“Black Badger started from a place of being p*ssed off, lonely, depressed, and abandoned and just wanting to fight anybody. It wasn’t that I had tried and failed, it was being brushed aside like crumbs on a table. I started Black Badger basically to raise a middle finger at those trying to hold me back. And here we are 12 years later and I’m still angry about it!”


Thompson moved to Gothenburg in 2008 to complete his master’s degree at the HDK design school at Gothenburg University. In 2009, Thompson started creating jewellery using solid blocks of lume, carbon fibre, and titanium – and discovered that he had created a new market. In 2010 he completed his master’s, had a clear idea where he wanted to take Black Badger, and hasn’t looked back since.


“I discovered that I’d rather be shivering standing outside in the cold than being warm but suffocated by everyone else inside. That inspired me to try and make something serious about Black Badger.”


Thompson got the idea of making high-tech rings from carbon fibre and titanium from his engineer father. In Canada, engineers receive an iron ring upon graduation, and Thompson thought to make one suitable for a pretentious design graduate (himself) just for fun. As it turned out, it was fun… and many others thought the same thing.


The idea of working with solid lume came from a knife maker friend who occasionally used solid lume in his knife handles because it looked cool. He suggested that Thompson try it in his carbon fibre rings. The latter’s reply was, “No thanks, my clients aren’t teenage ravers”. But Thompson made a glowing ring for fun, the concept took off, and now glowing rings constitute Black Badger’s most popular item.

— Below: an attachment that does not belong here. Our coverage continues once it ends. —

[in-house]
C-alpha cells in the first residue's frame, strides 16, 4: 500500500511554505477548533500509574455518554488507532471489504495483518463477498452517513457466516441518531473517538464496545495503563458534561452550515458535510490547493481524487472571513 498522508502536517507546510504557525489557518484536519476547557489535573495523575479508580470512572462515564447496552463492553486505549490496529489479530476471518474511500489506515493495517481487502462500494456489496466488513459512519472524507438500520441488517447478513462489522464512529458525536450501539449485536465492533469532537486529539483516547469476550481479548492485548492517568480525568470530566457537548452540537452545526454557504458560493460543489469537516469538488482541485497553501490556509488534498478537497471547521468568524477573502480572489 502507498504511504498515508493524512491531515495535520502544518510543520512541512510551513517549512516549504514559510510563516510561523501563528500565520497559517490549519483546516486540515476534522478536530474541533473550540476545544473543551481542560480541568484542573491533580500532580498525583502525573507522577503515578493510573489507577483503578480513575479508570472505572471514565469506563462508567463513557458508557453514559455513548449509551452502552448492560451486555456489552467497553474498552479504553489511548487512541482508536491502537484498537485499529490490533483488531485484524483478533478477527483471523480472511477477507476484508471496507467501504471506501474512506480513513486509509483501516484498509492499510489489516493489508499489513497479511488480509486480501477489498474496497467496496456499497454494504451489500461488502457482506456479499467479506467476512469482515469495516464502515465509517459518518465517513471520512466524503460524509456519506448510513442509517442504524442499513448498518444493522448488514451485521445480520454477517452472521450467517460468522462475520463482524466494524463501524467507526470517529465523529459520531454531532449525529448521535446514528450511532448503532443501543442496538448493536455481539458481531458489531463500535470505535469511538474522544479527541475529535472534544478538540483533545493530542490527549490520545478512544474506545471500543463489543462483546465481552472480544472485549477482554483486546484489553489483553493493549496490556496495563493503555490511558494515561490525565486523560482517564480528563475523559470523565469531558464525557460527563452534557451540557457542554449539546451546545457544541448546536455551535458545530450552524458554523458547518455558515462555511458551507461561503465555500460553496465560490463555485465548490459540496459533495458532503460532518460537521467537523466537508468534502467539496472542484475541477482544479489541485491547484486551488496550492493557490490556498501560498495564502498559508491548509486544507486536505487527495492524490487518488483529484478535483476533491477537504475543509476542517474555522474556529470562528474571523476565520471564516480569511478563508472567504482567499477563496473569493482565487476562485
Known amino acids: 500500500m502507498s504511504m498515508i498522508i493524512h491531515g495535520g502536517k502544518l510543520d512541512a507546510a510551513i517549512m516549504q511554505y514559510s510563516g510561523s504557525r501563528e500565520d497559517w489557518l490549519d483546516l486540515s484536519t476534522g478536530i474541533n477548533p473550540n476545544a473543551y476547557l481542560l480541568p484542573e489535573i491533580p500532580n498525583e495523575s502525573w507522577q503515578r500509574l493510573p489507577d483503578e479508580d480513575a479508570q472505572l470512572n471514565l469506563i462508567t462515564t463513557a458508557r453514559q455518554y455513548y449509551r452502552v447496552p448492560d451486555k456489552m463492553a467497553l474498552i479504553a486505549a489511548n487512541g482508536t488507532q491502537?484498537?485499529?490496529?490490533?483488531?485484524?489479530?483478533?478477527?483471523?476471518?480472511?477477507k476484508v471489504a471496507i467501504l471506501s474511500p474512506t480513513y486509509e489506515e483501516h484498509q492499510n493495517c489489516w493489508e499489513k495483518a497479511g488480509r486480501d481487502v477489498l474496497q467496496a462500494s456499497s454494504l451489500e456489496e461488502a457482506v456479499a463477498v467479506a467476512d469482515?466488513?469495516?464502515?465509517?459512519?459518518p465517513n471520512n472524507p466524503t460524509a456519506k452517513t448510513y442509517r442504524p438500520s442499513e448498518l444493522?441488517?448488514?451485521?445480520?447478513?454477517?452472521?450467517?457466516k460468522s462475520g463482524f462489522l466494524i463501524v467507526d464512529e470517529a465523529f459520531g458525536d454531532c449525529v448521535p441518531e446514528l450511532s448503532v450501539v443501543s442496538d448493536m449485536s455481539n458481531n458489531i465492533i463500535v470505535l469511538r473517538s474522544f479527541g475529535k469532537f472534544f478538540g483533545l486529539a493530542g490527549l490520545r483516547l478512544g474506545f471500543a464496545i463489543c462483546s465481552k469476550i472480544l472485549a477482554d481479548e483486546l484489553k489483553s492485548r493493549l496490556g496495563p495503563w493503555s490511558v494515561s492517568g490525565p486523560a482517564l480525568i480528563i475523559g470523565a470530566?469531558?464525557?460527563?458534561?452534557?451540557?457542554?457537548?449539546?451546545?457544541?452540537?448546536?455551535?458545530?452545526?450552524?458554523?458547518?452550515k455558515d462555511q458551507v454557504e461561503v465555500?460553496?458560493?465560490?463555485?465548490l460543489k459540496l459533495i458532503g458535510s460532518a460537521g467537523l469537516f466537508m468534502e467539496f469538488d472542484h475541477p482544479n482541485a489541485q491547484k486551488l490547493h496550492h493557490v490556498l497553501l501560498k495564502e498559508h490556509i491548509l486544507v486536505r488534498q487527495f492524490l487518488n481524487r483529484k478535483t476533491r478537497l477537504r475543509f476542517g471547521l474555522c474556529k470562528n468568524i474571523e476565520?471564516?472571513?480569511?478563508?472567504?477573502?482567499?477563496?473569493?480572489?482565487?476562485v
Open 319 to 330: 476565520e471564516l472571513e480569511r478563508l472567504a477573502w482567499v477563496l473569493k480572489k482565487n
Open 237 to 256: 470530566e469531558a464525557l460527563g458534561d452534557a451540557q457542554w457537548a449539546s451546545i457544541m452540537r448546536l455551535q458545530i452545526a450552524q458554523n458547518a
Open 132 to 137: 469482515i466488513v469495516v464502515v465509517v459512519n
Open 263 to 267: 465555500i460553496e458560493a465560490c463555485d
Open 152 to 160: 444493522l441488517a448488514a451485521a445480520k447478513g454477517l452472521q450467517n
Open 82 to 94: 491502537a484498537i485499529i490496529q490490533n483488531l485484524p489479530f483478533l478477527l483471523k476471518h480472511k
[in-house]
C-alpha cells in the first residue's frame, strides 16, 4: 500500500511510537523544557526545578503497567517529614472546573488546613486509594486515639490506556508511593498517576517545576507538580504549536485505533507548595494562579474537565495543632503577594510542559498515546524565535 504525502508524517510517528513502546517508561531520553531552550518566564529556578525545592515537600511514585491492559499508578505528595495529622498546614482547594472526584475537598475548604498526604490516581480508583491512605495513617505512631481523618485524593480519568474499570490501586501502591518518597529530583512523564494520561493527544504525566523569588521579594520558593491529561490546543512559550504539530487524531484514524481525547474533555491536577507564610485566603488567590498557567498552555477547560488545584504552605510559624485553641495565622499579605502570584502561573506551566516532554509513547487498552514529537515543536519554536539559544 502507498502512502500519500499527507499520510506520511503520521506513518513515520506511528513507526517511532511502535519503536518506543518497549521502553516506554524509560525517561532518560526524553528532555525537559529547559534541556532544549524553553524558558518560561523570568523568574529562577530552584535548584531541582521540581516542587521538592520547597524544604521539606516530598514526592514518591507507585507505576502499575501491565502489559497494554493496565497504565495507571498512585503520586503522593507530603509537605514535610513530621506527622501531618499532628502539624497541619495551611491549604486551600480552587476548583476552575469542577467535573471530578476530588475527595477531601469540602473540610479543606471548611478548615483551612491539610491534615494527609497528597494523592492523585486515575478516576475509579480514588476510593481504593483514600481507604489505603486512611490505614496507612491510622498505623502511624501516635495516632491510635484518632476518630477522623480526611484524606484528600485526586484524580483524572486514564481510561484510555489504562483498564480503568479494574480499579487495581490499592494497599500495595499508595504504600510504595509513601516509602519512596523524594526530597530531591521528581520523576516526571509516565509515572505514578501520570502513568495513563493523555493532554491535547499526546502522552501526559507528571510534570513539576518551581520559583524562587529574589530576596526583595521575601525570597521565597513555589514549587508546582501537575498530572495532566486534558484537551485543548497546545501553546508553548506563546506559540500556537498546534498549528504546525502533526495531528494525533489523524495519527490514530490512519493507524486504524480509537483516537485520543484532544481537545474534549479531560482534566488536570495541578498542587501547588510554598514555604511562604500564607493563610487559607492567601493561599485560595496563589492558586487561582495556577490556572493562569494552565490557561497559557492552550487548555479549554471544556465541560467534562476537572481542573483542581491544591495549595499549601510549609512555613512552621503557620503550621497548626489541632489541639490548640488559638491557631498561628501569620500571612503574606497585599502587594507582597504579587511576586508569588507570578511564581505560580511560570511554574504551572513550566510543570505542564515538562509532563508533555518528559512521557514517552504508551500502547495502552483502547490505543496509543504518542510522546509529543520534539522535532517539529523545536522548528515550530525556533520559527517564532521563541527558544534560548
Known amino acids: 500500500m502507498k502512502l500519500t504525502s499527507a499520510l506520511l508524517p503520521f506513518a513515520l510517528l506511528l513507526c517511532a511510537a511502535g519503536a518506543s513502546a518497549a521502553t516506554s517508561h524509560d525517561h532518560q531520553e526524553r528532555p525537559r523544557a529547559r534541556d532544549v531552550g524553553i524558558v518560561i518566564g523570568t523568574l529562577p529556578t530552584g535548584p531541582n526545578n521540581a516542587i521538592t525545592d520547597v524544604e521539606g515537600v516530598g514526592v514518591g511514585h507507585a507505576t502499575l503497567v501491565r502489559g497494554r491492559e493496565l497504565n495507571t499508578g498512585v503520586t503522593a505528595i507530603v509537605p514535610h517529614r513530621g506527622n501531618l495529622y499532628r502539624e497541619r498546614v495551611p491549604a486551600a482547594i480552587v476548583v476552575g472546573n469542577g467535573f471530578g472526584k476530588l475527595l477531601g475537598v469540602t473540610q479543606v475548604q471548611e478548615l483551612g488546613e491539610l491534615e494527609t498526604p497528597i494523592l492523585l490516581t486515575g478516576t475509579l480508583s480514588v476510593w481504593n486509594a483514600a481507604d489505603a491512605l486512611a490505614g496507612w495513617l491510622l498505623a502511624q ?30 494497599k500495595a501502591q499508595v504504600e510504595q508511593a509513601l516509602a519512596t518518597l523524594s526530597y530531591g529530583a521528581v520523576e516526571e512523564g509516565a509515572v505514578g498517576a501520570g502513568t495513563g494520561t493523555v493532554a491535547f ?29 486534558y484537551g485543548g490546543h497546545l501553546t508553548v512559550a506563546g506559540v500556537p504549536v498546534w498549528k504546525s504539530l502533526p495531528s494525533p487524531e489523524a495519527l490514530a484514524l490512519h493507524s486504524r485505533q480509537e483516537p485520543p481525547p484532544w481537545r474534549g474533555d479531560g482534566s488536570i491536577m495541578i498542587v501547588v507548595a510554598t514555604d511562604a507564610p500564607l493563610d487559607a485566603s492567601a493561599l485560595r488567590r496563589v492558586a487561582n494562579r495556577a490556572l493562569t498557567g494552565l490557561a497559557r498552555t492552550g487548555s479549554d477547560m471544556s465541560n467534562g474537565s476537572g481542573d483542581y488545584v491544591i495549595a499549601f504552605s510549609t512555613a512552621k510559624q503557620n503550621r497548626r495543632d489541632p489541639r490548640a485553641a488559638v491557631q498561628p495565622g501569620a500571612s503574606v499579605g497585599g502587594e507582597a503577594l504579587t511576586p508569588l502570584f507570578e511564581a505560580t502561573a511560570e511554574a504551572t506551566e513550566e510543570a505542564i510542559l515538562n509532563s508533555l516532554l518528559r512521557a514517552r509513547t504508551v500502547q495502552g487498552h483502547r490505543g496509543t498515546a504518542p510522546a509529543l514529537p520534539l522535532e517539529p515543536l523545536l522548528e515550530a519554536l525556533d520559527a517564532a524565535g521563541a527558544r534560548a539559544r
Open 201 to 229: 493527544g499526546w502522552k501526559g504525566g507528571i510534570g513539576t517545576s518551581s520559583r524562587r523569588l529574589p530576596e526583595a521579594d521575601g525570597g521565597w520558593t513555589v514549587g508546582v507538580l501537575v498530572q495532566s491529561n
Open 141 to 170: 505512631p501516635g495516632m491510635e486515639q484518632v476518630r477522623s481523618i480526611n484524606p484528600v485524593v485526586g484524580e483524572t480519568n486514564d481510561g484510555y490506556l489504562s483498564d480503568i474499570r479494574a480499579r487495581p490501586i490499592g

Thompson has long been an aficionado of fast cars and contemporary horology and with his outsider pirate attitude has found collaborating with MB&F on the HMX Black Badger project a match of like minds.


L’Épée 1839 – the premier clock manufacture in Switzerland



For more than 175 years, L’Epée has been at the forefront of clock making. Today, it is the only specialised manufacture in Switzerland dedicated to making high-end clocks. L’Epée was founded in 1839, by Auguste L’Epée, who set up the business near Besançon, France to make music box and watch components.

From 1850 onward, the manufacture became a leading light in the production of ‘platform’ escapements, creating regulators especially for alarm clocks, table clocks and musical watches. By 1877, it was making 24,000 platform escapements annually. The manufacture became a well-known specialist owning a large number of patents on special escapements such as anti-knocking, auto-starting and constant-force escapements and the chief supplier of escapements to several celebrated watchmakers of the day. L’Epée has won a number of gold awards at international exhibitions.

During the twentieth century, L’Epée owed much of its reputation to its superlative carriage clocks and, for many, L’Epée was the clock of the influential and powerful; it was also the gift of choice by French government officials to elite guests. In 1976 when the Concorde supersonic aircraft entered commercial service, L’Epée wall clocks were chosen to furnish the cabins, providing passengers with visual feedback of the time. In 1994, L’Epée showed its thirst for a challenge when it built the world’s biggest clock with compensated pendulum, the Giant Regulator. At 2.2 m high, it weighs 1.2 tons – the mechanical movement alone weighs 120 kg – and required 2,800 man-hours of work.